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  1. #1

    Default The case for culling Otters

    BBC One - Inside Out East

    Should cause a bit of a stir

    If you live outside East Anglia Look East is on SKY 983.

  2. #2

    Default Re: The case for culling Otters

    East Anglia, you say?

    I blame on it on all the eight to twelve fingers and webbed feet, you know....

  3. #3
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    Default Re: The case for culling Otters

    I would rather see something done about Cormorants first. I dont believe they belong inland - certainly not in the numbers that are found now. Their impact on roach, rudd and other fish can be immense.

    Otters do belong here - in many river systems. It would be hard to justify actions on otters to protect some trophy fish like double-figure barbel or porky pig carp that are not naturally a part of the river catchments in many areas. Its easy to imagine how barbel were not in some of our smaller rivers when otters were widespread and abundant (going back a few centuries probably) - they would have been eaten to extinction.

    Allowing or promoting the return of otters to their ancient distributions appears to be a goal of society and will have repercussions on trophy fish in smaller rivers especially. I fear for waters like the Ivel and Wensum - the EA may be wasting their time restocking with barbel on one hand while promoting otters on the other.
    Last edited by chub_on_the_block; 23-09-2013 at 19:46.
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  4. #4

    Default Re: The case for culling Otters

    Quote Originally Posted by chub_on_the_block View Post
    Its easy to imagine how barbel were not in some of our smaller rivers when otters were widespread and abundant (going back a few centuries probably) - they would have been eaten to extinction.

    They would have been in the smaller rivers but only for a short time, chub - during the spawning season: get up there, do your stuff, get back down to the main river. Seen this with barbel in Europe and, particularly, in India, with their close relatives, the mahseer.

    Small streams were primarily nursery streams, with larger fish (not just barbel, but fish like sea-trout and salmon, too) only entering them to breed (and entering them late, at the last minute), having learned over thousands of years of a totally wild existence that attack from the air or in the water would follow if they hung around. Same with the trout in many smaller (and larger) western United States rivers today - present but very careful about just where they lie, looking for depth, "structure" (snags and treefall), aerial cover and surface disturbance to protect them from aerial and aquatic attack.
    Last edited by Paul Boote; 23-09-2013 at 19:55.

  5. #5
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    Default Re: The case for culling Otters

    I wait with bated breath. This could be as good for angling as the proposed shooting of Keith the seal

    PS A mate spotted Keith at Tewksbury on the Severn, thought it was a drowning dog and tried to catch it on a big spinner. Thought the "dog" had drowned but Keith scared the sh1t out of him when surfacing just off his rod tip!
    “If you find it hard to laugh at yourself, I would be happy to do it for you.”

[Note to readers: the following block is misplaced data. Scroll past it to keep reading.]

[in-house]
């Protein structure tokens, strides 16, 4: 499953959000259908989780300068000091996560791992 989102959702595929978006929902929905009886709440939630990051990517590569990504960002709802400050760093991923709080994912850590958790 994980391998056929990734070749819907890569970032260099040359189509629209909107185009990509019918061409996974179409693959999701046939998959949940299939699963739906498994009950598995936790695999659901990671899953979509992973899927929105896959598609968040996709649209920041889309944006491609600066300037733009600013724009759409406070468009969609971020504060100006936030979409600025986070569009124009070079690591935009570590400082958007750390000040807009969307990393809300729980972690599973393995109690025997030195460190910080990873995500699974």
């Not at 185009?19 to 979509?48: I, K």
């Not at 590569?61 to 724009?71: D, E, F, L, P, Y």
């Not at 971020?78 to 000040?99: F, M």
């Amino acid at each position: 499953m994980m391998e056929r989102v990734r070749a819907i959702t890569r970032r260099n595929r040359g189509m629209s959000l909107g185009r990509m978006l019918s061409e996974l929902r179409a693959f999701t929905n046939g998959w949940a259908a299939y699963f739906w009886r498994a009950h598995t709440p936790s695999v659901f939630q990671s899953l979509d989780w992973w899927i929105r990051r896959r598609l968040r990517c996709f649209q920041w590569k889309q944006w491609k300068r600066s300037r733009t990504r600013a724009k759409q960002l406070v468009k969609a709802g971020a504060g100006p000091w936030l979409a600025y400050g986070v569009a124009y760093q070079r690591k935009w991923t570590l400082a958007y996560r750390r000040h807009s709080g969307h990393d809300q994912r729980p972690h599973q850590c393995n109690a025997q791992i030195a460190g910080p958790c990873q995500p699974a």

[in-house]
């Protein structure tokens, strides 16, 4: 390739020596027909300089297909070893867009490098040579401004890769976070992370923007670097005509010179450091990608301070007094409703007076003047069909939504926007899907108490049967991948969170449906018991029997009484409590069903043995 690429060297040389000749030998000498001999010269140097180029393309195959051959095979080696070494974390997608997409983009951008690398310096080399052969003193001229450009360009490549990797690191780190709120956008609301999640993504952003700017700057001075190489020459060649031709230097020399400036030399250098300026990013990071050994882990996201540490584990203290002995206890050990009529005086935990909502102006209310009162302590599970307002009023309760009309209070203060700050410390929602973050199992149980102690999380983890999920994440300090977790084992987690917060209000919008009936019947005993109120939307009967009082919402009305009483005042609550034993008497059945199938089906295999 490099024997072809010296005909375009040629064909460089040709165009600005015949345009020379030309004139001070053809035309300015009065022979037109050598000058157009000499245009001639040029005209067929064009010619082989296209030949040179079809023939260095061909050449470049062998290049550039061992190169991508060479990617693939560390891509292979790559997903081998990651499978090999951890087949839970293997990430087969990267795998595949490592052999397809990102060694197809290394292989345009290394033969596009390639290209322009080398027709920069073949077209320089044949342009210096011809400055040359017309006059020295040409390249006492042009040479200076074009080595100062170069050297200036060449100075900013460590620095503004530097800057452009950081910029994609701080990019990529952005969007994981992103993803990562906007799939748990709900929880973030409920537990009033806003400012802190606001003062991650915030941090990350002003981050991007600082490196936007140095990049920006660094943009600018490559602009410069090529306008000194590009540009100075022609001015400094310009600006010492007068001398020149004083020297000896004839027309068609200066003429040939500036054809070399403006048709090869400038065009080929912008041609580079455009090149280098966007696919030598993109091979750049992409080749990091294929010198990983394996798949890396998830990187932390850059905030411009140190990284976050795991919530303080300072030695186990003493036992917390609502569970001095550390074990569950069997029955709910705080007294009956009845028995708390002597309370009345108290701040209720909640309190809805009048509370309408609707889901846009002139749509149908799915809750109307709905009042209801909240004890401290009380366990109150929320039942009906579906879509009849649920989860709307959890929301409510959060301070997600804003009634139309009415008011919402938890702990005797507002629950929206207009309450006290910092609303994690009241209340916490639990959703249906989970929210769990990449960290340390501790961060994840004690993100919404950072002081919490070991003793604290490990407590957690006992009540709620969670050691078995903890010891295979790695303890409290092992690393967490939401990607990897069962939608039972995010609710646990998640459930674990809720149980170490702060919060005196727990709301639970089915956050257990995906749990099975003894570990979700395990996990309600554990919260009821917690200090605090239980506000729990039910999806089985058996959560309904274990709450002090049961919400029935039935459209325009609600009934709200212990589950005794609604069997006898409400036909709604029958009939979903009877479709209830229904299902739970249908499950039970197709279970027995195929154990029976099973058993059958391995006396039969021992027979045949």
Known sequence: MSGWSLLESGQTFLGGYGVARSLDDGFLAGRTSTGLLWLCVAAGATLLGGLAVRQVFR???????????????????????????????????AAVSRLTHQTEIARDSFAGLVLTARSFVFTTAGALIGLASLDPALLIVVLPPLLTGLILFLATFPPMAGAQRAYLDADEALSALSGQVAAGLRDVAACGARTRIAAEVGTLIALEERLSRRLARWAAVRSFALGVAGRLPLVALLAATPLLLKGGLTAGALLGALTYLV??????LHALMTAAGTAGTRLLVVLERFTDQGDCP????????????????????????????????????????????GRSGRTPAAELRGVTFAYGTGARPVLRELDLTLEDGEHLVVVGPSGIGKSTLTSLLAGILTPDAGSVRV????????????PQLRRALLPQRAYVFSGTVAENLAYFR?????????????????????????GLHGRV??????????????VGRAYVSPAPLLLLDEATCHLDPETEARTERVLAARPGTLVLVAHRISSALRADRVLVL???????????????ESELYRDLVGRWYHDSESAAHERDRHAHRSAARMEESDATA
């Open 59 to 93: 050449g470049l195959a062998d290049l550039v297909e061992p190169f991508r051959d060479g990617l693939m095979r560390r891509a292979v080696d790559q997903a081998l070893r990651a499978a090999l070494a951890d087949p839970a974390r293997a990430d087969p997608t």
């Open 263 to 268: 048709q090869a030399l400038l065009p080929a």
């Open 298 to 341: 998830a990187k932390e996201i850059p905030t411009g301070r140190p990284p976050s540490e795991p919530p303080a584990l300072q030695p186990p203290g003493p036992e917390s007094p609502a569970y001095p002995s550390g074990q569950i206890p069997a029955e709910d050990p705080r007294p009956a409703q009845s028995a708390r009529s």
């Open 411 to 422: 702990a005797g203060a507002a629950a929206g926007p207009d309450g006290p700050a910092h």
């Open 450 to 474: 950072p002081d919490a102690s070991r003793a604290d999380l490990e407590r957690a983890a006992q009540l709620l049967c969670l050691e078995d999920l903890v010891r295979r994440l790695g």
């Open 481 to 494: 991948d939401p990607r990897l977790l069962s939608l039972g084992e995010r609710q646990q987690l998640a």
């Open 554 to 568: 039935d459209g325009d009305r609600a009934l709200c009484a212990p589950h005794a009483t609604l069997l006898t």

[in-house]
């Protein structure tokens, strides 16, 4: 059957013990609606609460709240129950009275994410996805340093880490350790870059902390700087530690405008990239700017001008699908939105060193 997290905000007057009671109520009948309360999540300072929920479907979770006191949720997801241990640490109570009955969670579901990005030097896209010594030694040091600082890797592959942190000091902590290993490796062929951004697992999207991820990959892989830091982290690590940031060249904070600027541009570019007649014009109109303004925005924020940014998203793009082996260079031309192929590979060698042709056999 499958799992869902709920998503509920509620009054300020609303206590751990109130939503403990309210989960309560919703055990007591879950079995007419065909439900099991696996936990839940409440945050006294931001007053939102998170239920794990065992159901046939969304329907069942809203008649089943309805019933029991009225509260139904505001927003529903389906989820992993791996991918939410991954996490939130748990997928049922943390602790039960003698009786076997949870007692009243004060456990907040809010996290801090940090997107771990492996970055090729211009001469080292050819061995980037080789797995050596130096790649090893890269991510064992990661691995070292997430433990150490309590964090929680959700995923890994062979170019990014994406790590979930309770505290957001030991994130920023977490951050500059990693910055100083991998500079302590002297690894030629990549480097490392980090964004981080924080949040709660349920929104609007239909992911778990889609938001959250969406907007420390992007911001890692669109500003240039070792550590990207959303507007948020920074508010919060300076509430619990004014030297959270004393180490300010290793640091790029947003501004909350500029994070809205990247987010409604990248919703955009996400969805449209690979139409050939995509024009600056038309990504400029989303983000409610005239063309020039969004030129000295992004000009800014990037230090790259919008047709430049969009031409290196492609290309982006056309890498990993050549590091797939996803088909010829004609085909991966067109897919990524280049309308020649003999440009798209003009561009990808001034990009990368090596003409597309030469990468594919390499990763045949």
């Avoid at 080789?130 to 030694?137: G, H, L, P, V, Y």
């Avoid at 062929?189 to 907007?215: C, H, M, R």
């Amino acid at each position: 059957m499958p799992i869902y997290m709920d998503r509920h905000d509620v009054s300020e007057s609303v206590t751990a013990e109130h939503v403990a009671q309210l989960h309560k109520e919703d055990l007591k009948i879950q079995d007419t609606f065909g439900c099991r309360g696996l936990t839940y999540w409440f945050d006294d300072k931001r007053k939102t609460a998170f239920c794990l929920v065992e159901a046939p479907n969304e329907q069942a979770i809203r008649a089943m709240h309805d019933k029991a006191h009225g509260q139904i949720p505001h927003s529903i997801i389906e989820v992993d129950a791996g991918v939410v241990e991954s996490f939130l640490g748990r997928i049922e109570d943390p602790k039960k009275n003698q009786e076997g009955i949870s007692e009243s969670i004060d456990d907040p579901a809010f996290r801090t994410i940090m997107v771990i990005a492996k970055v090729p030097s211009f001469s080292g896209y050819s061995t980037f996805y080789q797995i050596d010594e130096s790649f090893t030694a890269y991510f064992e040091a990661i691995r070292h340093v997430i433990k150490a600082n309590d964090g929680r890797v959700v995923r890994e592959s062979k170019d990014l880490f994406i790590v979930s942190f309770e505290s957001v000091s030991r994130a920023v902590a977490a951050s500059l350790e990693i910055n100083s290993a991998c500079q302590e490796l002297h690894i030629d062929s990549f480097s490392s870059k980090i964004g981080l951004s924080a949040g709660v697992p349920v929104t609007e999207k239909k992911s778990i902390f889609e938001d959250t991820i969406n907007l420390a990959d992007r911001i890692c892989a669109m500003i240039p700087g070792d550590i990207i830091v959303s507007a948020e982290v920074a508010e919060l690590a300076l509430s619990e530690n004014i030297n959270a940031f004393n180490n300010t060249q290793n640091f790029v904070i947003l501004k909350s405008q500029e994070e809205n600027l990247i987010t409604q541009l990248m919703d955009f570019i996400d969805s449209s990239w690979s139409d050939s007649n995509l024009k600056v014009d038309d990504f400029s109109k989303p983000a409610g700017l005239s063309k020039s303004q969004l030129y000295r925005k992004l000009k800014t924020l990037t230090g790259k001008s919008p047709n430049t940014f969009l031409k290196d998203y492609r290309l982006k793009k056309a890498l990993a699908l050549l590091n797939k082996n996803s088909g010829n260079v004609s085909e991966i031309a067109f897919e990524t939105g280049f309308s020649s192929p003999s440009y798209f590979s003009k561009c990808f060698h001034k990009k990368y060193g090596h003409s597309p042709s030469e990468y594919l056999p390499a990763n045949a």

6. #6
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    Default Re: The case for culling Otters

    If its a Look East thing, why arent John Bailey or John Wilson getting involved~?...bloody lightweights !! (smiley thing).
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  7. #7
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    Default Re: The case for culling Otters

    Quote Originally Posted by chub_on_the_block View Post
    If its a Look East thing, why arent John Bailey or John Wilson getting involved~?...bloody lightweights !! (smiley thing).
    Probably because Look East doesn't quite stretch to Thailand.

  8. #8
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    Default Re: The case for culling Otters

    Quote Originally Posted by sam vimes View Post
    Probably because Look East doesn't quite stretch to Thailand.
    I didnt realise he had gone already...

    He will have as much trouble finding dace and chub on the stick there as he did in Norfolk
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  9. #9
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    Default Re: The case for culling Otters

    There is no case whatsoever for culling Otters.
    Whoever thinks otherwise needs to face facts.
    Otters are here to stay and the overfed fisheries need to install their own fences, cut down their stocks of fish or face predation by a legally protected species.

    Throughout Europe Otters are strictly protected (anglers also 'crop' the fish) and their fishing doesn't seem to suffer so perhaps our European partners can teach US something?

    I would support a controlled cull of Cormorants however and the sooner the better!

    .

  10. #10
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    Default Re: The case for culling Otters

    Quote Originally Posted by chub_on_the_block View Post
    I didnt realise he had gone already...
    I couldn't say either way.

    Quote Originally Posted by chub_on_the_block View Post
    He will have as much trouble finding dace and chub on the stick there as he did in Norfolk
    I doubt he'll be crying himself to sleep at the loss.

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